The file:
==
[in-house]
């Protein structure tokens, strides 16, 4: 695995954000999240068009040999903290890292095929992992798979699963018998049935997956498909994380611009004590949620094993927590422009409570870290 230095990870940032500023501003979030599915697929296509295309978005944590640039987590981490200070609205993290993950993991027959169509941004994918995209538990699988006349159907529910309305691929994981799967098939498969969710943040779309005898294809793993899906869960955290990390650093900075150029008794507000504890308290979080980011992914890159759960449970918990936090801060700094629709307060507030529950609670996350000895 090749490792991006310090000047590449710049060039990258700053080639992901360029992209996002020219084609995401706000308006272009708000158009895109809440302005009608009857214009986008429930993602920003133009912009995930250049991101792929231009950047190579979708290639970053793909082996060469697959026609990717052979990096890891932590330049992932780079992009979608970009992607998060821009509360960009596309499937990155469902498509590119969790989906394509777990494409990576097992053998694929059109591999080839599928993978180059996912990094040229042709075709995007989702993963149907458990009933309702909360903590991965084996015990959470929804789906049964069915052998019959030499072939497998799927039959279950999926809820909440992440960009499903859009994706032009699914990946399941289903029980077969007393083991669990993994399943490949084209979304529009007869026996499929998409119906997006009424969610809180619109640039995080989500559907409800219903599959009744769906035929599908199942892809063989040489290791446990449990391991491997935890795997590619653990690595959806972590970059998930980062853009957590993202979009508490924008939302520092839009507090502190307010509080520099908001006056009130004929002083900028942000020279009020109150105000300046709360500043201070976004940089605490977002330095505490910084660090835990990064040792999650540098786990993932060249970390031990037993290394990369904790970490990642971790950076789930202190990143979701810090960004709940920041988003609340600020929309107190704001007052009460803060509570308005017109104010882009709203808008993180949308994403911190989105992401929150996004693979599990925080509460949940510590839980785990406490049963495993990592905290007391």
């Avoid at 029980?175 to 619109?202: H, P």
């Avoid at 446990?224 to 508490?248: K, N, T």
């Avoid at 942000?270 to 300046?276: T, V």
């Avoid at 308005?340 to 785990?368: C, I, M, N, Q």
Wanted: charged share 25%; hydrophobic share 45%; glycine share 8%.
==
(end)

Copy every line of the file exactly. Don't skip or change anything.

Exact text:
[in-house]
């Protein structure tokens, strides 16, 4: 695995954000999240068009040999903290890292095929992992798979699963018998049935997956498909994380611009004590949620094993927590422009409570870290 230095990870940032500023501003979030599915697929296509295309978005944590640039987590981490200070609205993290993950993991027959169509941004994918995209538990699988006349159907529910309305691929994981799967098939498969969710943040779309005898294809793993899906869960955290990390650093900075150029008794507000504890308290979080980011992914890159759960449970918990936090801060700094629709307060507030529950609670996350000895 090749490792991006310090000047590449710049060039990258700053080639992901360029992209996002020219084609995401706000308006272009708000158009895109809440302005009608009857214009986008429930993602920003133009912009995930250049991101792929231009950047190579979708290639970053793909082996060469697959026609990717052979990096890891932590330049992932780079992009979608970009992607998060821009509360960009596309499937990155469902498509590119969790989906394509777990494409990576097992053998694929059109591999080839599928993978180059996912990094040229042709075709995007989702993963149907458990009933309702909360903590991965084996015990959470929804789906049964069915052998019959030499072939497998799927039959279950999926809820909440992440960009499903859009994706032009699914990946399941289903029980077969007393083991669990993994399943490949084209979304529009007869026996499929998409119906997006009424969610809180619109640039995080989500559907409800219903599959009744769906035929599908199942892809063989040489290791446990449990391991491997935890795997590619653990690595959806972590970059998930980062853009957590993202979009508490924008939302520092839009507090502190307010509080520099908001006056009130004929002083900028942000020279009020109150105000300046709360500043201070976004940089605490977002330095505490910084660090835990990064040792999650540098786990993932060249970390031990037993290394990369904790970490990642971790950076789930202190990143979701810090960004709940920041988003609340600020929309107190704001007052009460803060509570308005017109104010882009709203808008993180949308994403911190989105992401929150996004693979599990925080509460949940510590839980785990406490049963495993990592905290007391």
């Avoid at 029980?175 to 619109?202: H, P």
């Avoid at 446990?224 to 508490?248: K, N, T």
């Avoid at 942000?270 to 300046?276: T, V």
């Avoid at 308005?340 to 785990?368: C, I, M, N, Q």
Wanted: charged share 25%; hydrophobic share 45%; glycine share 8%.